Are you heading into the great outdoors this summer? No microwaves, Uber Eats, and or restaurants in the wild means you’ll need to bring food, cooking equipment and supplies. Here's what you need to know about planning your camp kitchen setup.
It's summer and you're looking forward to spending time together outdoors.
You dream of early morning fishing, afternoon hikes and evenings playing family board games by the light of a campfire or lantern. But wait — all that outdoor time means you'll be hungry.
Organizing your camping kitchen before your next camping trip can make all the difference between a miserable trip and one for the memory books. Take the time to plan your setup before you go so you can relax and enjoy the time outdoors.
What is a camp kitchen?
A camping kitchen is an organized outdoor workspace for meal preparation. It may include areas for prep and cooking, storage and washing. In addition, it often includes an open fire with a cooking grate or a portable cookstove, barbecue or grill.
From a portable camp kitchen to a simple frying pan and saucepan combo in a camp kitchen box, your outdoor cooking setup should reflect your camping needs and wants.
Looking for inspiration? Browse through hand crank kitchen tools that don't need electricity and could help you cook outdoors.
“I always set up a dishwashing station first. A tub for dirty dishes that can be filled hot with soapy water (use biodegradable dish soap!) and a collapsible tub for rinse water. Next, set up a stove with enough room around it to have ingredients and serving dishes at the ready before you start to cook.”
— Robin Donovan, All Ways Delicious
What do you need?
When planning a camp trip, it's a good idea only to pack items you'll use in your camping kitchen box. Food, water, a small cooler, frying pan and pot, outdoor serving ware and a portable grill or 2-burner Coleman camp stove may suffice for car camping. Always keep your storage space in mind.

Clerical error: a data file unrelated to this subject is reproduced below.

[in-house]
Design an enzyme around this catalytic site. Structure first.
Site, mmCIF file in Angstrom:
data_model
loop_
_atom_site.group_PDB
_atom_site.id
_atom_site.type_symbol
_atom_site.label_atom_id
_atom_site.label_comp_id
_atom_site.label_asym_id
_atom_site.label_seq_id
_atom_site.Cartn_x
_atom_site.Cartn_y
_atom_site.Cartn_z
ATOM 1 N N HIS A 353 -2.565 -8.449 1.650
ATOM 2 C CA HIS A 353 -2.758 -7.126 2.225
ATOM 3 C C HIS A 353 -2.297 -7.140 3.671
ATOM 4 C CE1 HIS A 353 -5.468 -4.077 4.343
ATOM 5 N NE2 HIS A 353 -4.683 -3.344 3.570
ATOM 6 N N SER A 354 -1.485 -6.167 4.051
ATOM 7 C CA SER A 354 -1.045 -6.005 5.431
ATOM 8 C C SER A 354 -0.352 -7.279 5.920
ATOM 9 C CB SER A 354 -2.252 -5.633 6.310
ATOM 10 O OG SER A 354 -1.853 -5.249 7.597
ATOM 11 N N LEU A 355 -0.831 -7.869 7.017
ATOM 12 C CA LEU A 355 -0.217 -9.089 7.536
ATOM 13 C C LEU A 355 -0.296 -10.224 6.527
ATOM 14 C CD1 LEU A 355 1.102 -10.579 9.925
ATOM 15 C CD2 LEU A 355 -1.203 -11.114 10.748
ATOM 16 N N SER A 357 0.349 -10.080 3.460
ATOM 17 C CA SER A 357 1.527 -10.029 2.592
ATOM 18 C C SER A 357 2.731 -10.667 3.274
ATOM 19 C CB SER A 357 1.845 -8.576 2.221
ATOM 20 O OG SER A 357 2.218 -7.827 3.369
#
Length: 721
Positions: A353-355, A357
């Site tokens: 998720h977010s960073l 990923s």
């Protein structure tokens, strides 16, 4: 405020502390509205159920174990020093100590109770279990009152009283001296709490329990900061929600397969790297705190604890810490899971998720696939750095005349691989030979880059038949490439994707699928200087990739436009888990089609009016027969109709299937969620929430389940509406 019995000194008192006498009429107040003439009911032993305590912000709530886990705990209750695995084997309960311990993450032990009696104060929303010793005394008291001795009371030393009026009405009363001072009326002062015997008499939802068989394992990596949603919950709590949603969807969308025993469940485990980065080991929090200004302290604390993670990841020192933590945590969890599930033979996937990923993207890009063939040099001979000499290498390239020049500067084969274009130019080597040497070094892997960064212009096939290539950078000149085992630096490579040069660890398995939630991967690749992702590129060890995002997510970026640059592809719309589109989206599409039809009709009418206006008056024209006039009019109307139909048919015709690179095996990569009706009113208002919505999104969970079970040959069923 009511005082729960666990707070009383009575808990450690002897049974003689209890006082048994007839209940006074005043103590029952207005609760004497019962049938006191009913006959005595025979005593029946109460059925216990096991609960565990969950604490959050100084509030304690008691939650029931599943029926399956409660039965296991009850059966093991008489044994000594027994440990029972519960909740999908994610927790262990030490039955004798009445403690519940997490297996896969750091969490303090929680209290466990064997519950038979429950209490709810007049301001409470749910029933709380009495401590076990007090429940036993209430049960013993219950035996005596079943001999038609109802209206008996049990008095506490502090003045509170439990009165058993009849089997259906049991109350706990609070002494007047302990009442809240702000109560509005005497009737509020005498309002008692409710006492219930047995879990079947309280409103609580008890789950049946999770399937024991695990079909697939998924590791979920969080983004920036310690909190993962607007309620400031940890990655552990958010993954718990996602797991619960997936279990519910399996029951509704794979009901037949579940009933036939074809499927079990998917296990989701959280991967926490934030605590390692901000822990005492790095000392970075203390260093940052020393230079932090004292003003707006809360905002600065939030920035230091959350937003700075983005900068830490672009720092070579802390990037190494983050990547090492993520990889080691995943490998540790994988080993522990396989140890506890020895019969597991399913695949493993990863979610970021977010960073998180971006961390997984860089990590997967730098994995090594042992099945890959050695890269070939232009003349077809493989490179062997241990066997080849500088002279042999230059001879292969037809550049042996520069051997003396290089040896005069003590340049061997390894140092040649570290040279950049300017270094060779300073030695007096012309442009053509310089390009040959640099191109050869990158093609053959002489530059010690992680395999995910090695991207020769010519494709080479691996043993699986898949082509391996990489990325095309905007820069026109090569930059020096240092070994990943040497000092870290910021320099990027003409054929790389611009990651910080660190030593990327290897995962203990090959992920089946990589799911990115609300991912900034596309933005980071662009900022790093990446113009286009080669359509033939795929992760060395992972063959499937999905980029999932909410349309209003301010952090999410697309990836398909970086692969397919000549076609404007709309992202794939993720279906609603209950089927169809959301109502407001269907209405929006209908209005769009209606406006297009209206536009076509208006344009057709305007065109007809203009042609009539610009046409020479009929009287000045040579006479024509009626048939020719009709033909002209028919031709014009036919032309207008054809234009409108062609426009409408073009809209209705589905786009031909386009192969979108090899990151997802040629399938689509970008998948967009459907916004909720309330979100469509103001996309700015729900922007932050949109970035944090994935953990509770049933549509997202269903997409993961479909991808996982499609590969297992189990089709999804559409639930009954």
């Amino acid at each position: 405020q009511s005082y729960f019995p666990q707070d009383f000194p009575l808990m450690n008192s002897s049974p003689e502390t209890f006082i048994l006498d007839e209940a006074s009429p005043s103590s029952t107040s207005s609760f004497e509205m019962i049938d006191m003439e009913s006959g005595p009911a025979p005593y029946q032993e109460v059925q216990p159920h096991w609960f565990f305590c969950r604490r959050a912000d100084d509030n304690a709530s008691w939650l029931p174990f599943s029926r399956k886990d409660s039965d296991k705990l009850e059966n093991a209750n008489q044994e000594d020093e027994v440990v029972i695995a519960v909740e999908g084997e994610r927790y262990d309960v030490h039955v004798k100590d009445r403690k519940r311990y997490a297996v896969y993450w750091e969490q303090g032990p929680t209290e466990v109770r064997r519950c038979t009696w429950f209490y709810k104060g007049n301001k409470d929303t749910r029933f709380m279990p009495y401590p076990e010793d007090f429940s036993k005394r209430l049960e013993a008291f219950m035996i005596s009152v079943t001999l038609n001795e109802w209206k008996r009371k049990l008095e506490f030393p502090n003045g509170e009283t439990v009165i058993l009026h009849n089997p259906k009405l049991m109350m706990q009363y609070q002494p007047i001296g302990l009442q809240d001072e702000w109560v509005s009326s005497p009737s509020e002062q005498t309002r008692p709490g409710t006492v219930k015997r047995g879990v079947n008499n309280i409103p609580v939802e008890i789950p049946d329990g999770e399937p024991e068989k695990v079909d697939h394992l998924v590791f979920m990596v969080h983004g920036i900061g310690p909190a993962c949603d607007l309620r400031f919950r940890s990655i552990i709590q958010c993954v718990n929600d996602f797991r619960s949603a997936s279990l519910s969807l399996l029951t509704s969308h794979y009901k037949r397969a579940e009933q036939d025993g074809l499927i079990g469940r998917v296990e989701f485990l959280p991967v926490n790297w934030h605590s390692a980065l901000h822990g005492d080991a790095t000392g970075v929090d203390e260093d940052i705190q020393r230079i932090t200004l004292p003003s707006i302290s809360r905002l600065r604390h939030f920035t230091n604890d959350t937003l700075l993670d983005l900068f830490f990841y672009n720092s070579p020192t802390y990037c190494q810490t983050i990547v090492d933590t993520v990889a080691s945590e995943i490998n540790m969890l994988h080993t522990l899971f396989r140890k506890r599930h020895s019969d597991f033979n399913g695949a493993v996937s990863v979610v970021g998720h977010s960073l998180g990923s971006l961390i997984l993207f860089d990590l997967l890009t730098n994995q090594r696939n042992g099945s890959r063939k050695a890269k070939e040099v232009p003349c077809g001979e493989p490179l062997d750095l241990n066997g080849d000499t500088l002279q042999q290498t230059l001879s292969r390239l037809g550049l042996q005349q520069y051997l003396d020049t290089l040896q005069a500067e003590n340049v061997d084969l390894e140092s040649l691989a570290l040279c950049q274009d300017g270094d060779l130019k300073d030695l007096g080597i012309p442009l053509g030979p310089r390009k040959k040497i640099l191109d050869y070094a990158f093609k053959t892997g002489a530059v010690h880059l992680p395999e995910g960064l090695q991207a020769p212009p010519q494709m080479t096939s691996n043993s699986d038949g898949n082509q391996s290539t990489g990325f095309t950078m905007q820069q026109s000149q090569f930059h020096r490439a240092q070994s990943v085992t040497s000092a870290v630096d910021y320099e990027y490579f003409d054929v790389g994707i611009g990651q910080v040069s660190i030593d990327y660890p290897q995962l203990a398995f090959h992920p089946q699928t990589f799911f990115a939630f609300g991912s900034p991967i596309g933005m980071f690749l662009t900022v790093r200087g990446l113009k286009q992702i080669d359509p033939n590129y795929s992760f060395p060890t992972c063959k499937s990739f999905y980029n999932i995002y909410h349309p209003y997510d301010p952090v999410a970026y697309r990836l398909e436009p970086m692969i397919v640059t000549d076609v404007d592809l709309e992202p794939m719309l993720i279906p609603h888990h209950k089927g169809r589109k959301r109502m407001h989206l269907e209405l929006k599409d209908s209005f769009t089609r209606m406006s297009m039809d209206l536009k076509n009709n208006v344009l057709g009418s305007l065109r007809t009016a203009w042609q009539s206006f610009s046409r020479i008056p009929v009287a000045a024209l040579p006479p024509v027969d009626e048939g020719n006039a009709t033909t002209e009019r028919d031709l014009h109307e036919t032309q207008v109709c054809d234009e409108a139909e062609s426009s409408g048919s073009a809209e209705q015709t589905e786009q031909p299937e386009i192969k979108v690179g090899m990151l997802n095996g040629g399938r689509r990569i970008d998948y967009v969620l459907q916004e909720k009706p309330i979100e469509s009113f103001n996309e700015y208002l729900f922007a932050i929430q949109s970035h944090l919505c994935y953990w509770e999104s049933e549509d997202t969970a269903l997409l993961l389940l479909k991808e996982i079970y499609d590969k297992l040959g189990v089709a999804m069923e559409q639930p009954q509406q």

You'll find many space-saving gadgets to simplify camping meal prep and cooking, but don't get tempted to waste your money on things you won't use.
“I love bringing my portable Blackstone griddle for camping. It runs off the little propane tanks, so there is no need to have a fire and worry about getting your cast iron to heat up correctly or getting ash into your food. You can make a variety of delicious and healthy meals on the Blackstone!”— Lara Clevenger MSH, RDN, CPT LaraClevenger.com
How to set up your own camp kitchen
Plan ahead to minimize the chances of forgetting something. This also gives you time to think about how to arrange the outdoor kitchen and storage area at your campsite.
Follow these five tips to save time, money and frustration outfitting and using your camping kitchen.
1. Consider your numbers
How many campers will be joining you? A family of four on a week-long camping trip needs more food, not to mention food storage room, table space and seating, than a couple camping for the weekend.
Set up your kitchen with a safe space between the cooking and seating areas, an important tip if camping with kids.
Review camping safety rules with younger family members, especially if you cook over an open fire. And honestly, learning to cook over an open fire is a great skill to teach if you aim to raise self-reliant kids.
Each camper will need a cup, plate, bowl and cutlery. Make a note of food allergies and preferences when planning your meals.
2. Cooking, grilling or cold food
Do you want to grill, barbecue or eat cold or prepared foods on your trip? This determines which food items, ingredients and kitchen utensils you'll need when camping.